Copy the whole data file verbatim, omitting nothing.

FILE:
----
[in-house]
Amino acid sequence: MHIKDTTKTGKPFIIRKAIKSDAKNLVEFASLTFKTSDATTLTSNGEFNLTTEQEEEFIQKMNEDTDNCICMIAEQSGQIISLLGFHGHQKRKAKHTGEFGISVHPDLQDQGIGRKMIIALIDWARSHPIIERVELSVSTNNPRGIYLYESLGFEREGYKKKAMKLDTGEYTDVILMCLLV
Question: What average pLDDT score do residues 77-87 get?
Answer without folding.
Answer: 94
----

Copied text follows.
[in-house]
Amino acid sequence: MHIKDTTKTGKPFIIRKAIKSDAKNLVEFASLTFKTSDATTLTSNGEFNLTTEQEEEFIQKMNEDTDNCICMIAEQSGQIISLLGFHGHQKRKAKHTGEFGISVHPDLQDQGIGRKMIIALIDWARSHPIIERVELSVSTNNPRGIYLYESLGFEREGYKKKAMKLDTGEYTDVILMCLLV
Question: What average pLDDT score do residues 77-87 get?
Answer without folding.
Answer: 94